The same goes for our internal dialogue. If our minds and emotions become polluted, then we may not be able to think clearly. Our emotions may lead us astray and cause us to act out unknowingly. An internal clean-up must happen, as well as a re-wiring of your internal dialogue just like in the situation with the road. If we ignore the problems all around us in everyday life, the pain and suffering will continue. It is only in facing our difficulties that true change can be made, and the hope of peace can prevail, inside and out.

Shadow work may seem counterintuitive on the outside because you will have to face your pain instead of running away from it. The process works by allowing yourself to feel and understand the painful aspects of yourself, so they become fully integrated, instead of treated like a castaway. It takes courage and an open heart, which are valuable tools to learn along the way.

How Will You Know When You Need Shadow Work?

If you feel like something is a bit off, it might be worth exploring shadow work. Here are some of the tell-tale signs that your “shadow” is ruling your life:

– Things are not going your way

– You are stuck in a highly cyclical pattern

– You don’t feel like you’re adding value to the world

– You are experiencing an increase in negative self-talk

– You are experiencing difficult emotions or strange flashes like anger or lust at unpredictable or inappropriate times

– You forgive too easily

– You are denying your reality

– You have changed who you are are to suit another person or other people

– You deny your needs and wants

– You are working hard towards something, but you fail to get results

Letting Your Personal Shadow Run Wild

When your shadow self is running the show, you might start to feel like you’re stuck in a Jekyll and Hyde cycle. We get to a point where we don’t feel in control of our emotional reactions.

We start projecting our own insecurities and shadow aspects onto others. This can lead to defensiveness and creating distorted realities. We become blind to the positive aspects of ourselves and others. This kind of thing takes its toll after a while. 

Shadow work is one of the best ways to truly experience transformation and inner healing, and all that is involved is “self-awareness“. It’s something you can on independently or with a trained medical professional.

You can start by exploring different exercises and getting to know your shadow self and the parts of yourself you may not like so much. 

Shadow Work Exercise #1: Seeing Yourself in Others

Jung said, ” Everything that irritates us about others can lead us to an understanding of ourselves”. But not many of us have the time or opportunity to work through these emotions as they arise.

For this reason, it is a good idea to take 5 to 10 minutes at the end of each day to go over your interactions or conversations with others, along with how you reacted to these interactions.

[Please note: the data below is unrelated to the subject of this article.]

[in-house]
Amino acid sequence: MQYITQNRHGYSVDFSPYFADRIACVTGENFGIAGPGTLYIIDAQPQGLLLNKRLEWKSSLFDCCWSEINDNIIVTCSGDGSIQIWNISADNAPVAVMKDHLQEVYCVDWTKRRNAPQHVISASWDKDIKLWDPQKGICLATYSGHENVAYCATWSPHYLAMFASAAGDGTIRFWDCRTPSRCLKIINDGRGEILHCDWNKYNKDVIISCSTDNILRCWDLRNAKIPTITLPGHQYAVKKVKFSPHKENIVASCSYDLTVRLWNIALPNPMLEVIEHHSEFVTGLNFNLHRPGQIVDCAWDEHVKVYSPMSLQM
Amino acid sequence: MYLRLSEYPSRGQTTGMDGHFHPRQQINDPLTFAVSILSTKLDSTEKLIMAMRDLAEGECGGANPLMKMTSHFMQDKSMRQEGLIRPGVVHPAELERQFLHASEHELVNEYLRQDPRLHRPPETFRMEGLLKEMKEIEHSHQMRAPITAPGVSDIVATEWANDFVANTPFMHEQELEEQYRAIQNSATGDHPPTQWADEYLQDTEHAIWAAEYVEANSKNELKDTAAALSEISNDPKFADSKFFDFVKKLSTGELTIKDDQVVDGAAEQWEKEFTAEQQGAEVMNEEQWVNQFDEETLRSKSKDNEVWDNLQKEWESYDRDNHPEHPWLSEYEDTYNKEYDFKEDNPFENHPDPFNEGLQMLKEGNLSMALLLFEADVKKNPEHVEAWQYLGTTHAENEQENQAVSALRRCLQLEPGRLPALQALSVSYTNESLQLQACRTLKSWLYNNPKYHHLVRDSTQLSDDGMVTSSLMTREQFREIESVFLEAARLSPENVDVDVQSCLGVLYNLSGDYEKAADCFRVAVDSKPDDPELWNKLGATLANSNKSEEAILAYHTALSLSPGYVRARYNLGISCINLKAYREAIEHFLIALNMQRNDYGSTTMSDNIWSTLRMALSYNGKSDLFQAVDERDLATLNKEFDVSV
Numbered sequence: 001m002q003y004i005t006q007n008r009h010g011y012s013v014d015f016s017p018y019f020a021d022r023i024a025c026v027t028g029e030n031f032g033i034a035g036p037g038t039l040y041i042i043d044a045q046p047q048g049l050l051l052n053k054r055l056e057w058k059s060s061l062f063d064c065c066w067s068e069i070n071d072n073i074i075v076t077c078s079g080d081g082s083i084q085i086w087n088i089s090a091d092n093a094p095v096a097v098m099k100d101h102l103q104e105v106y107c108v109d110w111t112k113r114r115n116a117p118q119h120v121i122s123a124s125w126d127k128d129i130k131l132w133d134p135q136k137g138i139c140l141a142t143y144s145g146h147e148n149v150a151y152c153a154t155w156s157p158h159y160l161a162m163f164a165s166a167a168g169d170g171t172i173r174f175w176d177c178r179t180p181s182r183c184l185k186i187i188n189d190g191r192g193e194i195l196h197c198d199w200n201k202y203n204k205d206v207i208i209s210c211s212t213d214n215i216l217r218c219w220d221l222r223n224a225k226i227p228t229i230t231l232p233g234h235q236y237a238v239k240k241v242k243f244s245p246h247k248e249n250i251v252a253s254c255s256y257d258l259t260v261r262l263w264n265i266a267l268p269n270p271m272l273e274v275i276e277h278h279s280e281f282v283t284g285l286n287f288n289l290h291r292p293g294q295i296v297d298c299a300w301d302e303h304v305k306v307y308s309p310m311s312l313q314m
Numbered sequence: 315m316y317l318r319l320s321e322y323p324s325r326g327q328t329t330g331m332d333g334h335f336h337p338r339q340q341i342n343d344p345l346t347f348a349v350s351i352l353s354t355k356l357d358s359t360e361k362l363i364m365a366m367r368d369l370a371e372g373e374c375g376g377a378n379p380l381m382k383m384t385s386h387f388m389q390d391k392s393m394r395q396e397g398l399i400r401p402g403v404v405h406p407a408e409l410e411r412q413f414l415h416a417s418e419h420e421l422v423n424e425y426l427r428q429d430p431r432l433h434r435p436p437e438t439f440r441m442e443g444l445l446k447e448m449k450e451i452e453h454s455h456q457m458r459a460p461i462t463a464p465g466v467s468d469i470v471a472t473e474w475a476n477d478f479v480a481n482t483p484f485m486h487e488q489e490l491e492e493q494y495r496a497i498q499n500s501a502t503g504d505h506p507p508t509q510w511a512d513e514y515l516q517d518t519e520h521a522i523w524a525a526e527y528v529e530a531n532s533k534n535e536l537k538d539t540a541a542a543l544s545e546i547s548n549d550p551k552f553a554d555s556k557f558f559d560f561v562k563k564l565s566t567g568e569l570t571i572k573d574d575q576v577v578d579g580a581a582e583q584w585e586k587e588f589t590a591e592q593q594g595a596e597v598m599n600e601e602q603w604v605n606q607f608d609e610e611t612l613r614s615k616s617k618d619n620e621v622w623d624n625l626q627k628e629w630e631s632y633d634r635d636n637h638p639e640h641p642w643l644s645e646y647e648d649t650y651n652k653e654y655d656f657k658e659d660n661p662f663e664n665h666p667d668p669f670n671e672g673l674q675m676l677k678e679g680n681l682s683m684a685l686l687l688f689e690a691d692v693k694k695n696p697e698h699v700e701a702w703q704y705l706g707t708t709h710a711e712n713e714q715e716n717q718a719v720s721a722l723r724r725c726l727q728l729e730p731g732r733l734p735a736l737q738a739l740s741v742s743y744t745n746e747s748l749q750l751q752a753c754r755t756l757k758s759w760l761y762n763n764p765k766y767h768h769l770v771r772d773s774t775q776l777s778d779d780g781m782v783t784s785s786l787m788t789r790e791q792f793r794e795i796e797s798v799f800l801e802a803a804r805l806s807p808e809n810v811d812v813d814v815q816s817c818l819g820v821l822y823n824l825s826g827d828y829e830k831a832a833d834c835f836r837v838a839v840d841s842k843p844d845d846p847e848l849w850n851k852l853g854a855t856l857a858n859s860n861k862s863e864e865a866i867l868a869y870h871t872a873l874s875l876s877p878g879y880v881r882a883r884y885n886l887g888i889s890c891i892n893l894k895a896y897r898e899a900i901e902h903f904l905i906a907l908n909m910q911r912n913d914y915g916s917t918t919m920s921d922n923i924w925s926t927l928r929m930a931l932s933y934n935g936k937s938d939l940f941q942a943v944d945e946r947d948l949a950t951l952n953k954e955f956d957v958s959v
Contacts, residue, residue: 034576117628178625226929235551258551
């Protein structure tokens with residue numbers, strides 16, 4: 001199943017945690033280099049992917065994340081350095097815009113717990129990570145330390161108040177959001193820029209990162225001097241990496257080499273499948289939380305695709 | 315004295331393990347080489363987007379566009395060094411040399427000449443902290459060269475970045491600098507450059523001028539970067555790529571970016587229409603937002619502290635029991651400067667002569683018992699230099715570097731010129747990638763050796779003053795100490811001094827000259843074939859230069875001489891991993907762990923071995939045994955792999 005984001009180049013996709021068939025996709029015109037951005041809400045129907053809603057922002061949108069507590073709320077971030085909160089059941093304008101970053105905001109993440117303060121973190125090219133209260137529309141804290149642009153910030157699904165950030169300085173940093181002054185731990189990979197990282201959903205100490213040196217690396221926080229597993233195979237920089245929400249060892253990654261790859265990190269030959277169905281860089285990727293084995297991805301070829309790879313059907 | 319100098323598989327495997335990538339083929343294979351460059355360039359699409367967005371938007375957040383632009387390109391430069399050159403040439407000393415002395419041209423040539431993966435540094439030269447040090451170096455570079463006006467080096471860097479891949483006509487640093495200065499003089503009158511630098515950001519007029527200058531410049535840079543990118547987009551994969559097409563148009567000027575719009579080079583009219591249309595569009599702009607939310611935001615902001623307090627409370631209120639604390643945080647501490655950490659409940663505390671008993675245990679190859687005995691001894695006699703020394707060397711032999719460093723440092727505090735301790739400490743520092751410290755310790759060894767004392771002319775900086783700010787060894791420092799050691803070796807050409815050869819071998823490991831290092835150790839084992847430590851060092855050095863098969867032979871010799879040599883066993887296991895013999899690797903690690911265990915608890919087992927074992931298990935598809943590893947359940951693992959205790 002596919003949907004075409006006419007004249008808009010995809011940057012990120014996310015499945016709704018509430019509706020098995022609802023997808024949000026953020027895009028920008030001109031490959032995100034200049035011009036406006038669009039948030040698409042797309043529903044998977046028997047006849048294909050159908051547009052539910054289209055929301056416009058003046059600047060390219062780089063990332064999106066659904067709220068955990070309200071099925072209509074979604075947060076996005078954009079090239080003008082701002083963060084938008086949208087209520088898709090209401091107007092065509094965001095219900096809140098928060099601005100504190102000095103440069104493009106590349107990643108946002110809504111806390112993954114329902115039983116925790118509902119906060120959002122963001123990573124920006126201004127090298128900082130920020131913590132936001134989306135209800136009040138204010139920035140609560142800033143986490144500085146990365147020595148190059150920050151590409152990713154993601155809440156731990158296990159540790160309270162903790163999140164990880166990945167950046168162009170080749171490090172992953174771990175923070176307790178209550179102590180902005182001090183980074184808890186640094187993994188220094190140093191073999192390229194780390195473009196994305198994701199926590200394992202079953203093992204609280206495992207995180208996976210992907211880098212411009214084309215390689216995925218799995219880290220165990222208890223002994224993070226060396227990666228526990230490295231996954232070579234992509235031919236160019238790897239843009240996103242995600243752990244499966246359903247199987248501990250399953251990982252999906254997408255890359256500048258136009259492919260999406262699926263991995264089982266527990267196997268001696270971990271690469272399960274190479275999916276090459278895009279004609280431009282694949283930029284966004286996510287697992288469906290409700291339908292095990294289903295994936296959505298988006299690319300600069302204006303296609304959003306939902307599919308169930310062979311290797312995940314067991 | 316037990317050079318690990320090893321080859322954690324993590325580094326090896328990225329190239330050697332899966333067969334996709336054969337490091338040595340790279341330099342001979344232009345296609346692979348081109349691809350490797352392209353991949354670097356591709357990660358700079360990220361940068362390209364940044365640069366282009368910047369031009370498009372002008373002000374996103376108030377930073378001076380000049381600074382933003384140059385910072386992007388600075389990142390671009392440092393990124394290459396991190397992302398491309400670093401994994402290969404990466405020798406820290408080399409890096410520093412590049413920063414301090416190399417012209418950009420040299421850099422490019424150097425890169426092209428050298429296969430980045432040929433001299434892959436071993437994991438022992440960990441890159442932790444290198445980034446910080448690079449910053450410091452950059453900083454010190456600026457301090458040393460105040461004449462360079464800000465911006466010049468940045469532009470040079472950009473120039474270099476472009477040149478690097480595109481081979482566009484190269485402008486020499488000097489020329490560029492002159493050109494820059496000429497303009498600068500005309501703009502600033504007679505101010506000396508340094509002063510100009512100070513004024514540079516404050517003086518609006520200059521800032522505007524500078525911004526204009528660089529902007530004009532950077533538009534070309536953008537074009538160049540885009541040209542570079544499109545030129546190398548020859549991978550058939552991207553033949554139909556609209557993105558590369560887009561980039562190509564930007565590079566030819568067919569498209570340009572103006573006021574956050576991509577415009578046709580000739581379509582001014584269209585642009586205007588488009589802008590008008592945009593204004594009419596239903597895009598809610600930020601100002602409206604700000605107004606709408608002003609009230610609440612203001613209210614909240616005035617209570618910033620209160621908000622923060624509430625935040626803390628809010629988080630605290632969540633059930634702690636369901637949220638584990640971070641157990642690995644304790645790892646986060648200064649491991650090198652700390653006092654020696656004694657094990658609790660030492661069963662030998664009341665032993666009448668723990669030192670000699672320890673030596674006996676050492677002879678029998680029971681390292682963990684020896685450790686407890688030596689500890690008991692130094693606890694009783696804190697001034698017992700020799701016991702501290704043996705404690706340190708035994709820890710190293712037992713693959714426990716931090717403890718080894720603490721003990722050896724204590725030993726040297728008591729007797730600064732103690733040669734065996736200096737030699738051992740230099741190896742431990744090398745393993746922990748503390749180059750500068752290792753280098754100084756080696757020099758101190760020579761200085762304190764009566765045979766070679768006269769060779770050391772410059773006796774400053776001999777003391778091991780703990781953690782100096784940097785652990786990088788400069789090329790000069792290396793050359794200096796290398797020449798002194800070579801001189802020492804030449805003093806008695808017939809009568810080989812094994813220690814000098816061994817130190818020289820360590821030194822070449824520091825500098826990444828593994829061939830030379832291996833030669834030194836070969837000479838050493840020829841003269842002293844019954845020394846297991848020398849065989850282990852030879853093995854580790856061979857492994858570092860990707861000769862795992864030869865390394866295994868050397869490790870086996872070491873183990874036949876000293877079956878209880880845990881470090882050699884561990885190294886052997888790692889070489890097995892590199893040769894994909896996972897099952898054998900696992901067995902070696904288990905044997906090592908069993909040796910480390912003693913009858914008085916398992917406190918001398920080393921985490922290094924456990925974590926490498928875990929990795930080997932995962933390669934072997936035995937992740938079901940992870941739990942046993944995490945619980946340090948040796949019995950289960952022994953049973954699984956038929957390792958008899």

When another person bothers or irritates you, it might indicate disowned parts of yourself. One activity you can do is to journal about negative interactions you have with others. 

What happened? Why don’t you like this person? What character traits do they possess that turn you off? 

Once you unpack some of these elements, you can then start examining ways that you express these same qualities. 

The more grace you have for the uglier parts of yourself, the more grace you’ll give to others.

Exercise #2: How To Identify Your Shadow Traits: the 3-2-1 Shadow Process

If you would like to follow a detailed guide on how to work on your shadow, it is highly recommended to look into the 3-2-1 Shadow Process, created by Ken Wilber in “Integral Life Practice”. 

Below is an introduction to these steps:

Step One:

First, choose a subject (a family member, friend, or your husband/wife) to think about. Pick someone that you struggle to get along with or have an emotionally charged relationship with. This is the easiest place to start for this activity. 

Step Two:

The next step involves imagining this person. Think about the qualities that upset you the most, or characteristics that attract you the most by using 3rd-person language such as it, she, and he. Use a journal to write what you are feeling. 

“He annoys me. He talks too much and never gets to the point.”

“She makes friends so easily. Everyone loves her right away and she makes it look so effortless.”

Step Three:

Now create a dialogue or conversation with the person using your imagination. Speak to the person using 2nd-person (use “you” language). Speak directly to the person and imagine they are there. Tell the person what irritates or bothers you when it comes to how they behave. 

This can be done out-loud or on paper.

You can ask these questions:

– Why do you do these things to me?

– What do you want from me?

– Are you trying to show or tell me something?

– Why do we keep having the same argument?

– Do you have something to show or teach me?